My four days in Rajasthan were valuable, meaningful, and insightful. Students in the government schools I visited were largely first-generation learners from stable economic backgrounds. Many students are regular, well-mannered and intelligent. More than 70 percent of the students enrolled in these schools are girls complying with the government database in Rajasthan. A growing number of male students enrolled in private schools for English medium education is considered an investment for better employment in future, perfectly fitting with the Human Capital Theory. Funds spent on girls for education are considered unnecessary in this patriarchal society.

Teaching is a highly respected profession here. Most teachers are committed to their work ethics and act as guides to their students with love and emotion. I have observed a few teachers using activity-based methods in classes and learned that they also participate in in-service training conducted by the DIET. Teachers consider all students equal inside the school premises, indicating that the schools act as social capitals and impart the concept of universalism’. A few students expressed unhappiness over class and caste-based discrimination existing in their society, instead of just accepting and living the way their parents have done. This could be the result of the schools indirectly acting as instruments for social integration and solidarity.

Complexities in the organisational structures, delays in the funding and teacher recruitments, improper allocation of teaching resources in schools, location of the school and non-commitment of few teachers are some of the drawbacks leading to low enrolment in government schools.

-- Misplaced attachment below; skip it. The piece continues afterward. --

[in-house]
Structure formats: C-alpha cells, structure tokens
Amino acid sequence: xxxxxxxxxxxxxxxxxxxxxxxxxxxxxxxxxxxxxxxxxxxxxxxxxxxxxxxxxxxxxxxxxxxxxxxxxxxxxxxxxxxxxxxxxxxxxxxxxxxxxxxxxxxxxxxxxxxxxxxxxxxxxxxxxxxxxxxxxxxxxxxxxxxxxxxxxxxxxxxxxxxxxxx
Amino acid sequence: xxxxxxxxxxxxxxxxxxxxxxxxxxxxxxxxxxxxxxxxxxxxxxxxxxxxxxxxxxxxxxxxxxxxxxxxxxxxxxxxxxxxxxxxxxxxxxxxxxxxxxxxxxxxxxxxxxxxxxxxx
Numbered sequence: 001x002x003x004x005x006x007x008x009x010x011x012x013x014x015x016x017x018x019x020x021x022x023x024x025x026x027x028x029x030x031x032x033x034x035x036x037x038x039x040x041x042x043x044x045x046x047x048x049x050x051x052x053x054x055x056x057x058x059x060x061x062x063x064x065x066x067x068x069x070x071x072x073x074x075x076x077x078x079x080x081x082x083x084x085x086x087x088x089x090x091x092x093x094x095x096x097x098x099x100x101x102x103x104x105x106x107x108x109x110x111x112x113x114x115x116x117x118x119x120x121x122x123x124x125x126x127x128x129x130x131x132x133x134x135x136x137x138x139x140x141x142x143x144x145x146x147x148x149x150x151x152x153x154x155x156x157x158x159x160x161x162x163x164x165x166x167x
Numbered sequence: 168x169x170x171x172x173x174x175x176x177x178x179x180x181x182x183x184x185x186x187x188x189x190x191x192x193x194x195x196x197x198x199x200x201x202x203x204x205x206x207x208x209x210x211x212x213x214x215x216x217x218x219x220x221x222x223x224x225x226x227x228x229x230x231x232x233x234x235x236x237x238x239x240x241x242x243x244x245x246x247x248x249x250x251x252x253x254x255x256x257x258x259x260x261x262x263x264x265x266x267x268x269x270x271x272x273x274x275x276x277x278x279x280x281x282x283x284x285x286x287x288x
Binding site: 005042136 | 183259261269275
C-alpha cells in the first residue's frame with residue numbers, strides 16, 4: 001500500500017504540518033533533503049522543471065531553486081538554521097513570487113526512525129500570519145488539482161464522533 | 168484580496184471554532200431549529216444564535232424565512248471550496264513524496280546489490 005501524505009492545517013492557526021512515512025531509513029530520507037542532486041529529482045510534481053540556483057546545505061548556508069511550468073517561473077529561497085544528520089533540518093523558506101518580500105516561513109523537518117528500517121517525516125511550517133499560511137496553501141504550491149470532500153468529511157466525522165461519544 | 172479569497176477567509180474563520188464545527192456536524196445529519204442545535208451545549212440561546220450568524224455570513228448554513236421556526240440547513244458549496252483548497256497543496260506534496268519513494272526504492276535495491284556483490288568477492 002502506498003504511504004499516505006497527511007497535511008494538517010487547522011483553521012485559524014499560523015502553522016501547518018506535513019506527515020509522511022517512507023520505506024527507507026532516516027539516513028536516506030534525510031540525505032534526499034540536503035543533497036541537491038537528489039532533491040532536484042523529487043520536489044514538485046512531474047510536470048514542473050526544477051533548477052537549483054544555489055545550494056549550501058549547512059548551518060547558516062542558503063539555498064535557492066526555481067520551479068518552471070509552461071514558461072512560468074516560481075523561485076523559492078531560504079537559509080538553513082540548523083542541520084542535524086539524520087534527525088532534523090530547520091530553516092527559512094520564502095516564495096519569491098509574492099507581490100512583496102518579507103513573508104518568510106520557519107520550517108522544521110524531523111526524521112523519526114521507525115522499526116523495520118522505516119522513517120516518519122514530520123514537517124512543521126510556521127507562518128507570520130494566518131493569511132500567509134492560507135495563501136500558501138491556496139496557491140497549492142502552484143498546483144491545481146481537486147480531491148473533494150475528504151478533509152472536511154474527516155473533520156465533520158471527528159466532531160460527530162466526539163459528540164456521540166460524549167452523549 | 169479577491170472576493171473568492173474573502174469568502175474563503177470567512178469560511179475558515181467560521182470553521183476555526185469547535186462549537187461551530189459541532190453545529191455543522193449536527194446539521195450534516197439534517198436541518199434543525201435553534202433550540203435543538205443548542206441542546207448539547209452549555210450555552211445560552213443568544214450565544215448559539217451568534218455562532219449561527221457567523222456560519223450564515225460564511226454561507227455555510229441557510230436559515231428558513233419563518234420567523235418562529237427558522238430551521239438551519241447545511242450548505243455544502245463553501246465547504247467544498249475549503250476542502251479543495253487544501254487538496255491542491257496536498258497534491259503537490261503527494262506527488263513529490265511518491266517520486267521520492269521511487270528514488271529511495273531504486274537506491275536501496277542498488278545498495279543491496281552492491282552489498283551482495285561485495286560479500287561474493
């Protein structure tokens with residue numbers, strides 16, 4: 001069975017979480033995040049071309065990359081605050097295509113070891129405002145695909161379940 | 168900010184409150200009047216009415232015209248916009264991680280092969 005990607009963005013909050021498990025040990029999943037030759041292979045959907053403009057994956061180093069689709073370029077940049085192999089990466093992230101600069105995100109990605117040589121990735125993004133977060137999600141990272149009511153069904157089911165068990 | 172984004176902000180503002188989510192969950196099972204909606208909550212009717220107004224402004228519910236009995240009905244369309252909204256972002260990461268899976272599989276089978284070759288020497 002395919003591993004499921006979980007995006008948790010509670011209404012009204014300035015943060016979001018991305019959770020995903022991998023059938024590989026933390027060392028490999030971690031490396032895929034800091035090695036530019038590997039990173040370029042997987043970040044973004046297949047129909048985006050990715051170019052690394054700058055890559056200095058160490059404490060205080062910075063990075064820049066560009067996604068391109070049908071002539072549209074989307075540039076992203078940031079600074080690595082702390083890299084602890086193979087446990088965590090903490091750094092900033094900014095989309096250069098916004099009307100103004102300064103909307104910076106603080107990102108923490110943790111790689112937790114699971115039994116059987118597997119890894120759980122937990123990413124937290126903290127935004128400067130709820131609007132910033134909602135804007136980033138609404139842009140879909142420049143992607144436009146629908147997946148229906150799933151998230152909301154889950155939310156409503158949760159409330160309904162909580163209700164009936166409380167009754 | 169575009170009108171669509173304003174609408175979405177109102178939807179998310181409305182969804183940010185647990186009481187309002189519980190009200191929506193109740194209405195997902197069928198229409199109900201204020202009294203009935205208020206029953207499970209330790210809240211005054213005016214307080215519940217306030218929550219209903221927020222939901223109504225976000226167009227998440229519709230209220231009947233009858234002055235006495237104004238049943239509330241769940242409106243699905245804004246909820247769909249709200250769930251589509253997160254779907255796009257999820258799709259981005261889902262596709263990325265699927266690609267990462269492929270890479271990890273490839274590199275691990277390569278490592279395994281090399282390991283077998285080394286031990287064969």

1. https://​urban​.rajasthan​.gov​.in/​c​o​n​t​e​n​t​/​r​a​j​/​u​d​h​/​c​t​p​/​e​n​/​u​r​b​a​n​-​p​r​o​f​i​l​e​/​r​a​j​a​s​t​h​a​n​-​a​t​-​g​l​a​n​c​e​.html

  2. https://​www​.find​easy​.in/​i​n​d​i​a​n​-​s​t​a​t​e​s​-​b​y​-​l​i​t​e​r​a​c​y​-​rate/ https://​www​.indi​a​cen​sus​.net/​s​t​a​t​e​s​/​r​a​j​a​s​t​h​a​n​/​l​i​t​eracy

  3. https://​www​.find​easy​.in/​i​n​d​i​a​n​-​s​t​a​t​e​s​-​b​y​-​s​e​x​-​r​atio/

  4. https://​udis​e​plus​.gov​.in/​#​/​p​a​g​e​/​p​u​b​l​i​c​a​tions

  5. Students do not need to bring their books to school. The first few classes are devoted to assessments. The rest of the day is spent on theme-based activities.

  6. Weber, Max (2010) The distribution of power within the community: Classes, Stände, Parties, trans. Dagmar Waters, Tony Waters, and others (2010) 10 Journal of Classical Sociology 137.

  7. Bourdieu, P. (1986). The Forms of Capital. In: Richardson, J., Handbook of Theory and Research for the Sociology of Education. Westport, CT: Greenwood: 241 – 58.

  8. Dreeben, Robert (1968) On What Is Learned in School. Reading, Mass.: Addison-Wesley.

  9. Erik H. Erikson, Joan M. Erikson, The Life Cycle Completed: Extended Version (W. W. Norton, 1998), 4105.

  10. Madan, A (2019), Education and Modernity, Volume 1 in Sociology of Education, Eklavya Foundation, 1 – 119.

  11. Hinchliff, G (2017) Journal of Philosophy of Education, Vol. 51, No. 2, 430 – 442.

  12. This programme was kick-started mainly to compensate for the learning loss due to the COVID-19 pandemic through multiple bridge programmes for teachers and students.

  13. This programme focuses on the overall development of girl children through different scholarships, distribution of sanitary kits etc.

  14. Every Saturday, students come to school without their schoolbooks. The first few classes are devoted to assessments. The rest of the day is spent on theme-based activities.

  15. Kumar, K. (2004). What is Worth Teaching? Orient Blackswan.

  16. Weber, Max (2010) The distribution of power within the community: Classes, Stände, Parties’, trans. Dagmar Waters, Tony Waters, and others (2010) 10 Journal of Classical Sociology 137.

  17. Dr Savita Ambedkar Inter-Caste Marriage Scheme

  18. Ramachandran, V. (2018). Inside Indian Schools: The Enigma of Equity and Quality (1st ed.). Routledge.

  19. Sen, A. (1997). Editorial: Human Capital and Human Capability, World Development, 25 (12) 1959 – 61.

  20. Weber, Max (2010) The distribution of power within the community: Classes, Stände, Parties, trans. Dagmar Waters, Tony Waters, and others (2010) 10 Journal of Classical Sociology 137.


Muthulakshmi RTS is Faculty, School of Arts and Sciences at Azim Premji University, Bengaluru